dress me slowly
Rating: 8/10

It's been talked up and talked down, put back and polished, fucked with, added to, tweaked and toned and, finally (cue drum roll), it's here. And, yes indeed, Dress Me Slowly is yet another in the growing line of damn fine You Am I records. In fact, if there's anything at all to be disappointed about, it's that it took so long to arrive.

Reconciling the plaintive introspection of Hourly Daily with the freak-out, jam-kicking rock of Hi-Fi Way, and adding a couple of dollops of Tim Rogers' solo style for good measure, Dress Me Slowly shows a band that, even after all this time, still has so much to offer (as well as so much to grow into). Playing as much from the heart as the gut has served them so well in the past that, thankfully, they've stuck to their guns -- still wearing their influences on their sleeve while managing to refine them in the process. And with the addition of second guitarist David Lane, they've been able to open up their patented style without sounding like they're simply going through the motions.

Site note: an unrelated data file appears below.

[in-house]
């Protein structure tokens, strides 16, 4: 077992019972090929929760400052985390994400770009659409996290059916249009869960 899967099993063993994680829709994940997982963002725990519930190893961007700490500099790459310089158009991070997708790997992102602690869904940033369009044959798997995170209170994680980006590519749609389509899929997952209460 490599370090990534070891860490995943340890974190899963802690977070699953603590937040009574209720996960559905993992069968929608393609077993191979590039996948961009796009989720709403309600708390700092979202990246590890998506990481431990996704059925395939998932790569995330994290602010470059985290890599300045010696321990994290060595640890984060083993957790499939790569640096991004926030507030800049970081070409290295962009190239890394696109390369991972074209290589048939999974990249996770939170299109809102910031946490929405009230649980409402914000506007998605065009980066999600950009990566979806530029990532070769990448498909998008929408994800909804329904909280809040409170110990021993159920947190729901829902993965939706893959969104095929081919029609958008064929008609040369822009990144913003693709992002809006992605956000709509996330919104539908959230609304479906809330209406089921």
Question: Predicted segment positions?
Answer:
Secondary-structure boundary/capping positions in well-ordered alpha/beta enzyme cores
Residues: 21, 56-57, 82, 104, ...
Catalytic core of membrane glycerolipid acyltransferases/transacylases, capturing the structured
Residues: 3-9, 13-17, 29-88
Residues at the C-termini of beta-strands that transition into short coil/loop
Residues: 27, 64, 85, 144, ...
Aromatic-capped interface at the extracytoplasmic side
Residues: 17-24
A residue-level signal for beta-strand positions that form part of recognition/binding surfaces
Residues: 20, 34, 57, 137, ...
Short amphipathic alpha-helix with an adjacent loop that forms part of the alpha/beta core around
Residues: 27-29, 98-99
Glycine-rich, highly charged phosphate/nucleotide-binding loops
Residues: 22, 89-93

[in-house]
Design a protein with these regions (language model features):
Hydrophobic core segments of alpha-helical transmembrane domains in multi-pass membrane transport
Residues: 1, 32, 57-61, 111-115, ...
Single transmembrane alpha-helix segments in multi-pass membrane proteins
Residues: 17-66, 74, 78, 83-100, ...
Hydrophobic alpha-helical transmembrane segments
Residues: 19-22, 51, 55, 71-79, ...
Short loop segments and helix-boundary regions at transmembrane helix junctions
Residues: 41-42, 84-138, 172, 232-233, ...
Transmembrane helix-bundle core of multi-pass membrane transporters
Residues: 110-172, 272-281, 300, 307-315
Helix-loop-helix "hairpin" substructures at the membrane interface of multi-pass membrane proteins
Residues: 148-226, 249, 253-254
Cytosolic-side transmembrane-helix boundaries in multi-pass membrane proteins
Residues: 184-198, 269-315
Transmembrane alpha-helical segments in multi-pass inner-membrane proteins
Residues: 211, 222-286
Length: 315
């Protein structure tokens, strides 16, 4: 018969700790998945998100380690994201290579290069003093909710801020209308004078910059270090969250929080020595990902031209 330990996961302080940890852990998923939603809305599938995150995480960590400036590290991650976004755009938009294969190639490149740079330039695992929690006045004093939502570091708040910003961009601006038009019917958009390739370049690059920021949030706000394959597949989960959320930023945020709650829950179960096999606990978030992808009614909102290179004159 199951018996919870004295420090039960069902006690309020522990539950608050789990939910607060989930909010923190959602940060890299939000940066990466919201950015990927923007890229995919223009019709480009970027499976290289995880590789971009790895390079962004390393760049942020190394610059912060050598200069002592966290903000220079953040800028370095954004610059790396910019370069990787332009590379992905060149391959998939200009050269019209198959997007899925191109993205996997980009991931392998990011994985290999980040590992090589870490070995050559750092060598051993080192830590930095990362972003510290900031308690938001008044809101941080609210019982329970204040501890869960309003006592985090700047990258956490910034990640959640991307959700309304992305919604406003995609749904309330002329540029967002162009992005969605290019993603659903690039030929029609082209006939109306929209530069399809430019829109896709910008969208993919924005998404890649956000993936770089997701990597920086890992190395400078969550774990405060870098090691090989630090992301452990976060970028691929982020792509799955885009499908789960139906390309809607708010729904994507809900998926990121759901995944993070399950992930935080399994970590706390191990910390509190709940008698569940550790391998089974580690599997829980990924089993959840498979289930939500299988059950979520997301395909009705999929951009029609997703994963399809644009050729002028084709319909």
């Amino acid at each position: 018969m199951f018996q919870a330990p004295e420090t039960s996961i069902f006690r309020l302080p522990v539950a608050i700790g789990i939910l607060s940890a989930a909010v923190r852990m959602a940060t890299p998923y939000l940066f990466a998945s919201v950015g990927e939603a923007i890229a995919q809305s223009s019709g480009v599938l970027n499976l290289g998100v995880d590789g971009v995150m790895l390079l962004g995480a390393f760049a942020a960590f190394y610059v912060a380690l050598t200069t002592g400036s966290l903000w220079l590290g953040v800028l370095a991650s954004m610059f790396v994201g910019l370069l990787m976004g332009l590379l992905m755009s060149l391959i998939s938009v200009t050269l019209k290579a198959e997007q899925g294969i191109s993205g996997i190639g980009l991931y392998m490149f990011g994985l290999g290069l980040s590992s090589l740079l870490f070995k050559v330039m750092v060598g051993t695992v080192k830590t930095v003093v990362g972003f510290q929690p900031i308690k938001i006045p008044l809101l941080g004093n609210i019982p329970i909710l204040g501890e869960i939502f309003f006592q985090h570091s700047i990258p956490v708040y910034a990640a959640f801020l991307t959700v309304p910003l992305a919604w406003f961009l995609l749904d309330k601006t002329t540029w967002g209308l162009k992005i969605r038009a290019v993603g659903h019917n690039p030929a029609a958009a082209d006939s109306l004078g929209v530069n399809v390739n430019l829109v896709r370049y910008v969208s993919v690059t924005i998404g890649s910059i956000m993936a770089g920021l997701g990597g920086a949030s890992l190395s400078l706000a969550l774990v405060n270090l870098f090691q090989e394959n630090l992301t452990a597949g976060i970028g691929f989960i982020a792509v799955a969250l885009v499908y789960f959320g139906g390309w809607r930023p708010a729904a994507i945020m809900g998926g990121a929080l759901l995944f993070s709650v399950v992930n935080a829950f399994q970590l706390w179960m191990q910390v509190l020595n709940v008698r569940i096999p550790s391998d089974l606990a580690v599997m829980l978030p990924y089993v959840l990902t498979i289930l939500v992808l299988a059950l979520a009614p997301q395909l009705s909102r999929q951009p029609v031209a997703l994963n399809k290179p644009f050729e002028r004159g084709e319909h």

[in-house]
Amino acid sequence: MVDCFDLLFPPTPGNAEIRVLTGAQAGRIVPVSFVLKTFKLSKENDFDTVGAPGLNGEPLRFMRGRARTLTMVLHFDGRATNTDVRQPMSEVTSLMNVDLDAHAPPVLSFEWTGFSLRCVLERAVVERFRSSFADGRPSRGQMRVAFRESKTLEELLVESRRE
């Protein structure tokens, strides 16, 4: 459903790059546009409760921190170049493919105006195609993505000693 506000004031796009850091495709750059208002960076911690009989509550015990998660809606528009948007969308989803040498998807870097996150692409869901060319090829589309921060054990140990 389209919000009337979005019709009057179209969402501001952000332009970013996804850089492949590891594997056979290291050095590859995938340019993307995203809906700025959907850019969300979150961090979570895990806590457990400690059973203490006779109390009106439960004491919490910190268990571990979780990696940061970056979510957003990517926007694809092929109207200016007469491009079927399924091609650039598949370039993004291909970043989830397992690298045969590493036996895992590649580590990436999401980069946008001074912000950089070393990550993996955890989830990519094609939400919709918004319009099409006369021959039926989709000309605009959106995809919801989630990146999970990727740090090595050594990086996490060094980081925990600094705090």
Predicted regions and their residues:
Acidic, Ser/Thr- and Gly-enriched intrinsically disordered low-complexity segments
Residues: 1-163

Tighter as a unit, they can afford to take chances that take them beyond the regular clunk and shuffle they made their name with. In fact, Lane's casual yet caustic guitar work brings the album to life, allowing the two axe-slingers to play off each other as if they've been doing so for years. Rogers' vocals, too, are growing warmer and richer, reeking of beer and bad habits without sounding scratchy, guttural as opposed to gutless.

Dress Me Slowly's opening track, "Judge Roy", is a great heartstarter. Sounding like a typical You Am I rave-up, even the twee backing harmonies don't diminish the tune's hip-shaking directness. Second single "Get Up" runs a nice line in tambourine, while "Beautiful Girl" has both a guitar line and sentiment that is, bizarrely, not a million miles away from 1970's Oz Rock pap like the Little River Band -- strange, but true. Still, for sheer guilty pleasure, you can't go past "Doug Sahm". With the bands regular Who/Faces obsession still in tact, the added Stax-style horns are a treat indeed.

Away from the hype and hyperbole that has surrounded You Am I in the past, the band has been able to concentrate on what it does best -- rocking out and writing some damn fine tunes. Nothing special, but definitely above average, You Am I are comfortably settling into their role as a classic outfit, and I look forward to still seeing them shaking their action at the local RSL in 20 years' time.

Luke Anisimoff